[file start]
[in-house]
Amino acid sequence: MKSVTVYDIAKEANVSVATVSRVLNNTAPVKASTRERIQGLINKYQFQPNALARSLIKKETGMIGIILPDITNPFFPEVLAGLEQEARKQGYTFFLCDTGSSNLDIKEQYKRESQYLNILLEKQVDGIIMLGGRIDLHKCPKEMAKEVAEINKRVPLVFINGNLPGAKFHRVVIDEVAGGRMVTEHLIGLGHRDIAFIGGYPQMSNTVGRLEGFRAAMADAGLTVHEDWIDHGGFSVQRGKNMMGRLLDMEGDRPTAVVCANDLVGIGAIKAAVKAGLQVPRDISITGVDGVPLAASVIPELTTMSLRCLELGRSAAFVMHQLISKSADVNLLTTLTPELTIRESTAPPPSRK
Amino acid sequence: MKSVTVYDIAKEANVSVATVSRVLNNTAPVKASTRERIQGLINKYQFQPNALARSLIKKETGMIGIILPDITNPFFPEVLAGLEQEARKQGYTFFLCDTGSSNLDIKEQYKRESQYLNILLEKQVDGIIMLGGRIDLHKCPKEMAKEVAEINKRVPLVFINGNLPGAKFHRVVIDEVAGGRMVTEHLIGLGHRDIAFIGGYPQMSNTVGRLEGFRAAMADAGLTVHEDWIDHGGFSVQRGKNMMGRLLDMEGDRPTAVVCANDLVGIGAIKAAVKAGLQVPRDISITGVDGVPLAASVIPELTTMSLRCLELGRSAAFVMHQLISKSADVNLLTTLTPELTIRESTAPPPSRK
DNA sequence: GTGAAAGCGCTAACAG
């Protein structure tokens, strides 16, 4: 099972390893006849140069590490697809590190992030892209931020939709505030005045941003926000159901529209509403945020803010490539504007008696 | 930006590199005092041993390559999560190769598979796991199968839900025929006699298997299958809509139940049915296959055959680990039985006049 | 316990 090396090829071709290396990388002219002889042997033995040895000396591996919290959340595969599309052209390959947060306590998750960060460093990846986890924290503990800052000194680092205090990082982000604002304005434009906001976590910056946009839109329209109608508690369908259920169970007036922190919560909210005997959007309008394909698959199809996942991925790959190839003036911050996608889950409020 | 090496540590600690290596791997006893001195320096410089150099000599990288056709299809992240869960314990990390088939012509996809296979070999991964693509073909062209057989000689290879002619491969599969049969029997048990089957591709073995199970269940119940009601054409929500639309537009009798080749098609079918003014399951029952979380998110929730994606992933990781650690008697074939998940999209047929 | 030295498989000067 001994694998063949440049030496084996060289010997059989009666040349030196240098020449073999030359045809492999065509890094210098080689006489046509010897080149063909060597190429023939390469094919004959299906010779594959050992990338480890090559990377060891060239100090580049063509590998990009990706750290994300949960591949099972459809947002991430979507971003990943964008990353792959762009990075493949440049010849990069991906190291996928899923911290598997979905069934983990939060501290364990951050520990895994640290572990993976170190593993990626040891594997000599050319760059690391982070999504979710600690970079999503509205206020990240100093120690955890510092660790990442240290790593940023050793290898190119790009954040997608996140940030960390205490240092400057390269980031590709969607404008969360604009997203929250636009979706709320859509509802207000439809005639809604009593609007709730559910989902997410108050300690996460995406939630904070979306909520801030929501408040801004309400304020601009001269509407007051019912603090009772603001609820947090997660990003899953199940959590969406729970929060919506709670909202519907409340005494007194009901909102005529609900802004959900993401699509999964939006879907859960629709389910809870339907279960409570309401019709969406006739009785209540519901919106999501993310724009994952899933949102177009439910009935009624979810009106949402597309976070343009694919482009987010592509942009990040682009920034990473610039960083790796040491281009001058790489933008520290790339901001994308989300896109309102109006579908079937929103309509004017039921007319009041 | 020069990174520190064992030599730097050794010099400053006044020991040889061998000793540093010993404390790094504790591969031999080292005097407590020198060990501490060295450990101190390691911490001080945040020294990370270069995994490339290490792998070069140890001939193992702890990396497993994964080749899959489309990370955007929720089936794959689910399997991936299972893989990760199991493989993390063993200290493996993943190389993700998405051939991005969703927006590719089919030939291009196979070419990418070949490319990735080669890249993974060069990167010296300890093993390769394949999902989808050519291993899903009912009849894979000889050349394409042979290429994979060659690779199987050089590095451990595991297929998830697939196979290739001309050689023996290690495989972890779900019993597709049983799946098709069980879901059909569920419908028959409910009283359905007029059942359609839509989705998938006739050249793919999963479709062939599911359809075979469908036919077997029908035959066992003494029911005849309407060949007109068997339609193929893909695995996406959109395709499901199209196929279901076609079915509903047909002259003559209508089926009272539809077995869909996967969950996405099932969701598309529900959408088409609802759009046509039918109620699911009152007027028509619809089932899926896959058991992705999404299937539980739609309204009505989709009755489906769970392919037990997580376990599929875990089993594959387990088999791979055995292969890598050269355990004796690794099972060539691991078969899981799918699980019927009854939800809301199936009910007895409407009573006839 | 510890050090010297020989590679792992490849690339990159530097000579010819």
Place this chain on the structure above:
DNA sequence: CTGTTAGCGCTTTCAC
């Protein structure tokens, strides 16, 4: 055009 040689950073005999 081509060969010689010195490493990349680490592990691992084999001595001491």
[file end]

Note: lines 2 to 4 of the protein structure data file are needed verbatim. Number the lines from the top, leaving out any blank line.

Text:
Amino acid sequence: MKSVTVYDIAKEANVSVATVSRVLNNTAPVKASTRERIQGLINKYQFQPNALARSLIKKETGMIGIILPDITNPFFPEVLAGLEQEARKQGYTFFLCDTGSSNLDIKEQYKRESQYLNILLEKQVDGIIMLGGRIDLHKCPKEMAKEVAEINKRVPLVFINGNLPGAKFHRVVIDEVAGGRMVTEHLIGLGHRDIAFIGGYPQMSNTVGRLEGFRAAMADAGLTVHEDWIDHGGFSVQRGKNMMGRLLDMEGDRPTAVVCANDLVGIGAIKAAVKAGLQVPRDISITGVDGVPLAASVIPELTTMSLRCLELGRSAAFVMHQLISKSADVNLLTTLTPELTIRESTAPPPSRK
Amino acid sequence: MKSVTVYDIAKEANVSVATVSRVLNNTAPVKASTRERIQGLINKYQFQPNALARSLIKKETGMIGIILPDITNPFFPEVLAGLEQEARKQGYTFFLCDTGSSNLDIKEQYKRESQYLNILLEKQVDGIIMLGGRIDLHKCPKEMAKEVAEINKRVPLVFINGNLPGAKFHRVVIDEVAGGRMVTEHLIGLGHRDIAFIGGYPQMSNTVGRLEGFRAAMADAGLTVHEDWIDHGGFSVQRGKNMMGRLLDMEGDRPTAVVCANDLVGIGAIKAAVKAGLQVPRDISITGVDGVPLAASVIPELTTMSLRCLELGRSAAFVMHQLISKSADVNLLTTLTPELTIRESTAPPPSRK
DNA sequence: GTGAAAGCGCTAACAG